With rushing wind and tongues of fire, the apostles experienced the presence of God. In power and in intimacy, they were filled with the Holy Spirit and sent forth to proclaim the good news of God in Christ, to heal aching souls, to bear witness to divine, incomparable love. People responded...thousands of people responded. And that Pentecost day ended quite differently than it had begun. With words that have come to form part of the Church's baptismal covenant, the remainder of Acts 2 offers a memorable summary of the communal life that resulted, with new believers devoting themselves "to the apostles' teaching and fellowship, to the breaking of bread, and to the prayers." The apostles displayed "signs and wonders" and their followers had "all things in common," selling their possessions and sharing with one another, and new members were added daily to their number. The Spirit had come. The fearful had found power. A new community was born. It was a very good beginning, a veritable golden age.

And this is where the problem lies.

It has been said that the greatest obstacle to future success is past success. From our failures and mistakes we can learn, but our successes...well, our successes can fool us into thinking that what worked then must be what will work always. We standardize, systematize, codify. Like Peter on the mount of transfiguration, we try to build tents and stay there; and when we are forced to come down from the mountain, we spend years pining for what we left behind. The golden age always appears to be back there, back then; and our past successes, our golden ages, all too often get in the way of God's new work before us.

Pentecost was a success, a great one, in fact. But the later introduction of newcomers who were somehow different from the insiders created a problematic situation. Tensions began to surface. Some newcomers, like Barnabas, somehow bridged the gap and were accepted into the group. Others, like the Hellenists in Acts 6, were not. These "newbies," these outsiders, were viewed with some suspicion. They had not been part of that golden age, they didn't know the inside jokes, they didn't fit in. They were intruders, interlopers.

And yet, it is the newcomers, then and now, who often are most open to new possibilities, even as the insiders long for times past. In Acts, following the success of Pentecost, the apostles actually held back, stayed in place, did good work and built up their own community...but always in the shadow of the temple, always within the limits of their comfort zone. For the movement to grow beyond its Jewish sectarian roots, new leaders were needed, and a new base established. In Antioch, "the queen of the east," believers from Jerusalem brought their message, some only to Jews, but others--usually recent newcomers themselves--spoke to others also, to Hellenists and to outsiders, proclaiming that salvation is for "everyone who calls on the name of the Lord."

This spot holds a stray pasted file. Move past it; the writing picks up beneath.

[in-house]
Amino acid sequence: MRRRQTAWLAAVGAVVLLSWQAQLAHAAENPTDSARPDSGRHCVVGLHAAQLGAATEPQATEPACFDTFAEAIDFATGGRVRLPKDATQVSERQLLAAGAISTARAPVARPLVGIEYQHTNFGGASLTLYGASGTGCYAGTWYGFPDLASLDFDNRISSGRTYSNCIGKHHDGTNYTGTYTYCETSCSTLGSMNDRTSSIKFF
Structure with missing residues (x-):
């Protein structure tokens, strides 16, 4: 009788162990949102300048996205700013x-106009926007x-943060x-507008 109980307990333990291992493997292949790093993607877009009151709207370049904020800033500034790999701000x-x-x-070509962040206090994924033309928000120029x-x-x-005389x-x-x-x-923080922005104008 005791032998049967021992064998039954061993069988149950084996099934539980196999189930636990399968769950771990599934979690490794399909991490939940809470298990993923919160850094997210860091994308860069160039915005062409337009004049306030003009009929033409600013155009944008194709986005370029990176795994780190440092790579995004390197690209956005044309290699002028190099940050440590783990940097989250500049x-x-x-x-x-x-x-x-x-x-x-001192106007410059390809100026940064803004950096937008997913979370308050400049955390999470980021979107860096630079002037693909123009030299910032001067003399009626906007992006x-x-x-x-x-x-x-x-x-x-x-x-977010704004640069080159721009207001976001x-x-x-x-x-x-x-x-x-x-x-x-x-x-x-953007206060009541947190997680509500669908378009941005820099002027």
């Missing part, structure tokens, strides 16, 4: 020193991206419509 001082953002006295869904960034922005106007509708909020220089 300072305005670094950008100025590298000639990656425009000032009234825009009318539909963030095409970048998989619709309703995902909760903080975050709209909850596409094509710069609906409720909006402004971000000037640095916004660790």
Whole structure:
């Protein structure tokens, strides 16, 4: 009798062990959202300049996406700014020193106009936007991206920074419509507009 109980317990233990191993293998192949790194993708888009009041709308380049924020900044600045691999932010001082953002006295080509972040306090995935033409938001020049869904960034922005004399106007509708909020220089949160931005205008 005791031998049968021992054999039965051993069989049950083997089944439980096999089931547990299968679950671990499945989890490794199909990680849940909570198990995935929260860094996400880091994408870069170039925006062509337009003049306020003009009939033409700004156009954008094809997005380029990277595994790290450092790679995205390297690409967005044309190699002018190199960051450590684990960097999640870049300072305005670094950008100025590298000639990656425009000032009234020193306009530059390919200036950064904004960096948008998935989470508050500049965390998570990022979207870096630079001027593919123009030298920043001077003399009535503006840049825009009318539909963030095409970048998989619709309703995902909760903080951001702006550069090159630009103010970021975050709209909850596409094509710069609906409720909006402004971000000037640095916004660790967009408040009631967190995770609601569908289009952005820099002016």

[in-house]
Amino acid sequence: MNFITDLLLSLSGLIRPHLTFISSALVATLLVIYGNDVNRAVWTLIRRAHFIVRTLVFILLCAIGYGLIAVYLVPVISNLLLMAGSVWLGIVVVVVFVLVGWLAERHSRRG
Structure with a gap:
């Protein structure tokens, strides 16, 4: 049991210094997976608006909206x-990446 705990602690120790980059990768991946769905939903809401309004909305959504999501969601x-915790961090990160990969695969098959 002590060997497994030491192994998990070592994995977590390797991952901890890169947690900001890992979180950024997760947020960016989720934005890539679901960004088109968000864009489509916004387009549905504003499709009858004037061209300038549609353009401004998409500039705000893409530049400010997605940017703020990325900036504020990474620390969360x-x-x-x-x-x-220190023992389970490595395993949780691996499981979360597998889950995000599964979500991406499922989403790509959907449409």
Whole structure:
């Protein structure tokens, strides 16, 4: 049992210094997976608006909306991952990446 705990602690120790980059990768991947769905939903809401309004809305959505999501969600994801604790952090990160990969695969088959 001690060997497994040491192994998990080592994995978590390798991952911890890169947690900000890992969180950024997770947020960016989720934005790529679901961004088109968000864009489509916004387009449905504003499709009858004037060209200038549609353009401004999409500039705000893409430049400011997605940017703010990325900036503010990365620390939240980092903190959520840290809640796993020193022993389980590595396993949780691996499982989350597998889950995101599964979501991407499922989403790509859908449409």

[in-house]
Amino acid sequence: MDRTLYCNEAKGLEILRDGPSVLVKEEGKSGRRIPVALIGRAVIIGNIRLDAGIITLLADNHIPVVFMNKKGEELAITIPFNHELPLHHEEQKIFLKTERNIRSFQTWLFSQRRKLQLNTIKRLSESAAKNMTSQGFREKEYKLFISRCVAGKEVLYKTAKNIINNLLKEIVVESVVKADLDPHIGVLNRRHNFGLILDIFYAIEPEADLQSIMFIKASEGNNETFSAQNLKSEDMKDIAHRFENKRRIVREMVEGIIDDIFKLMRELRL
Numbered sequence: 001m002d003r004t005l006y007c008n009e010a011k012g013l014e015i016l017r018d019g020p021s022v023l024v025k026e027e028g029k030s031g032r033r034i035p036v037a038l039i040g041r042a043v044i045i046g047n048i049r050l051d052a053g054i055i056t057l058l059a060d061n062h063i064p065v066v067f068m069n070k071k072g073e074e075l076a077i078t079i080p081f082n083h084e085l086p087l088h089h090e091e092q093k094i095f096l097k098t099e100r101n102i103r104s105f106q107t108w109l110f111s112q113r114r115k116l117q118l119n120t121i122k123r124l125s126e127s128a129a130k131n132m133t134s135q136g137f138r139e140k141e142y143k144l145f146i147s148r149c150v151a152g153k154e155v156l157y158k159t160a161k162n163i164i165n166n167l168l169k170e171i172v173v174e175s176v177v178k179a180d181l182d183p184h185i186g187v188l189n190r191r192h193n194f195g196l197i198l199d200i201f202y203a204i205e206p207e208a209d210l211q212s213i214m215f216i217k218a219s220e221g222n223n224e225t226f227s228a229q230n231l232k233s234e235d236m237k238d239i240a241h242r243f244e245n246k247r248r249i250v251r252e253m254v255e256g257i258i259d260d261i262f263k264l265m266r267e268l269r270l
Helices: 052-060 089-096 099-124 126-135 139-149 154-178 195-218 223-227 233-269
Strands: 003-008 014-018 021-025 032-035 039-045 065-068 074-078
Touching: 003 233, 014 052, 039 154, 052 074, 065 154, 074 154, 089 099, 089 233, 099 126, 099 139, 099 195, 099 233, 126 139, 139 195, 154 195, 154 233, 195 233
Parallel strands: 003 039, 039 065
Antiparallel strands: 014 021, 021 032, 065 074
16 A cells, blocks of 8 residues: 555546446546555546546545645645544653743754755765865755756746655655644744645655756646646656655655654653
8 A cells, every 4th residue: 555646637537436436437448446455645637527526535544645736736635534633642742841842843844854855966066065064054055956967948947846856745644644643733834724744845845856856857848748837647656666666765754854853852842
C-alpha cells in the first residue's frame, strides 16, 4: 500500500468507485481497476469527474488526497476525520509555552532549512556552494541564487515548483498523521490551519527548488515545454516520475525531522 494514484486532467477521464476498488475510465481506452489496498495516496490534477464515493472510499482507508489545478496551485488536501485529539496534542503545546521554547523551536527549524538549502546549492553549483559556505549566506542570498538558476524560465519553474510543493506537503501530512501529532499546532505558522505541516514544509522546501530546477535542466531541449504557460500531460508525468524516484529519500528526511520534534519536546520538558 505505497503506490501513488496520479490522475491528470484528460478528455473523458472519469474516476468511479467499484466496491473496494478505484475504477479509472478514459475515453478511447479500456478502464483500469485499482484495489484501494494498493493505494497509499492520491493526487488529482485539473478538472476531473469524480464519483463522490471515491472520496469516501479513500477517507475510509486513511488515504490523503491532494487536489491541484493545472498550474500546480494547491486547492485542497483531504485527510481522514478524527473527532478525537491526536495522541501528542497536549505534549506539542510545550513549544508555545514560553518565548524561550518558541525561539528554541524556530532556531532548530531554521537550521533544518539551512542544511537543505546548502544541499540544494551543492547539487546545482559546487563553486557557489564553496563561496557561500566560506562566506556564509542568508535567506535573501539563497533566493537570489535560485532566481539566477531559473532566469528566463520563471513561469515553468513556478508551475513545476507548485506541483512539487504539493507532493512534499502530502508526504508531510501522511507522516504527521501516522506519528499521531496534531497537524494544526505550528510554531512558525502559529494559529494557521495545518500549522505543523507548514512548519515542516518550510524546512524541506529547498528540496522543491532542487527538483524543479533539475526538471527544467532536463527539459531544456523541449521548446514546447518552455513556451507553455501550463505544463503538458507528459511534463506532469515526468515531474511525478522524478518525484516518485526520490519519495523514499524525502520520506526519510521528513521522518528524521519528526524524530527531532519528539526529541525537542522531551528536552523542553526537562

A great number became believers in Antioch but, more importantly, in Acts chapter 11, verse 26, we come to what may be one of the most important, yet also most underrated, verses of the New Testament: "And it was in Antioch that the disciples were first called Christians." Antioch, not Jerusalem. We may celebrate Pentecost as the "birthday of the Church," but it might be more accurate to speak of it as the beginning of a gestation period that came to fruition with something truly new in Antioch and beyond. Only then do we see a separately distinguished group altogether, where believers were willing to reach out to people beyond the normal synagogue membership. Antioch was about to become the base for a new set of missionary endeavors that would reach beyond boundaries both ethnic and geographic. And the apostles sent out from that base would not be from among the original twelve, but rather those former outsiders, Barnabas and Paul, who would serve as Christ's ambassadors and turn their world "upside down."

It began with Pentecost, but it could not stop there. Because the good news is that the golden age is not sometime back then, whenever then was. No, the golden age is NOW, and every now yet to come. Indeed, it is the journey itself, as we encounter the living Christ again and again in new and unexpected ways, in new and unexpected people we meet along the way.

Let us pray: Almighty God, on this day you opened the way of eternal life to every race and nation by the promised gift of your Holy Spirit: Shed abroad this gift throughout the world by the preaching of the Gospel, that it may reach to the ends of the earth; through Jesus Christ our Lord, who lives and reigns with you in the unity of the Holy Spirit, one God, for ever and ever. Amen.